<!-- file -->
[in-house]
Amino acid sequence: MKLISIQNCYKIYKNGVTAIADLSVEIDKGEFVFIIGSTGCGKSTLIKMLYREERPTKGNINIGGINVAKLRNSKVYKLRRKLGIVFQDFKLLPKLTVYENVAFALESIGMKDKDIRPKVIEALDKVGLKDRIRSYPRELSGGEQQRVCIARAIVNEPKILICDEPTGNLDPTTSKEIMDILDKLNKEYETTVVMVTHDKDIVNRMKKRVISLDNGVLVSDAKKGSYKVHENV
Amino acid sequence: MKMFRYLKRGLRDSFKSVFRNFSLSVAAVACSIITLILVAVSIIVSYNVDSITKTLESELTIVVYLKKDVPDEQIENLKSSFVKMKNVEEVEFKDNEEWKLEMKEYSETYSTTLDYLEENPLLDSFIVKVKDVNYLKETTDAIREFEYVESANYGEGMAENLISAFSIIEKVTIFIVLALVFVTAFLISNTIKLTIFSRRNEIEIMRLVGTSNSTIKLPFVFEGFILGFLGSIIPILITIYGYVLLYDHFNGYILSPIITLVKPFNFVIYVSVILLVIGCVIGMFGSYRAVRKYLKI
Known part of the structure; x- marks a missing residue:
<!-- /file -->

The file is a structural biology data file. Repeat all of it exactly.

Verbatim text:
[in-house]
Amino acid sequence: MKLISIQNCYKIYKNGVTAIADLSVEIDKGEFVFIIGSTGCGKSTLIKMLYREERPTKGNINIGGINVAKLRNSKVYKLRRKLGIVFQDFKLLPKLTVYENVAFALESIGMKDKDIRPKVIEALDKVGLKDRIRSYPRELSGGEQQRVCIARAIVNEPKILICDEPTGNLDPTTSKEIMDILDKLNKEYETTVVMVTHDKDIVNRMKKRVISLDNGVLVSDAKKGSYKVHENV
Amino acid sequence: MKMFRYLKRGLRDSFKSVFRNFSLSVAAVACSIITLILVAVSIIVSYNVDSITKTLESELTIVVYLKKDVPDEQIENLKSSFVKMKNVEEVEFKDNEEWKLEMKEYSETYSTTLDYLEENPLLDSFIVKVKDVNYLKETTDAIREFEYVESANYGEGMAENLISAFSIIEKVTIFIVLALVFVTAFLISNTIKLTIFSRRNEIEIMRLVGTSNSTIKLPFVFEGFILGFLGSIIPILITIYGYVLLYDHFNGYILSPIITLVKPFNFVIYVSVILLVIGCVIGMFGSYRAVRKYLKI
Known part of the structure; x- marks a missing residue: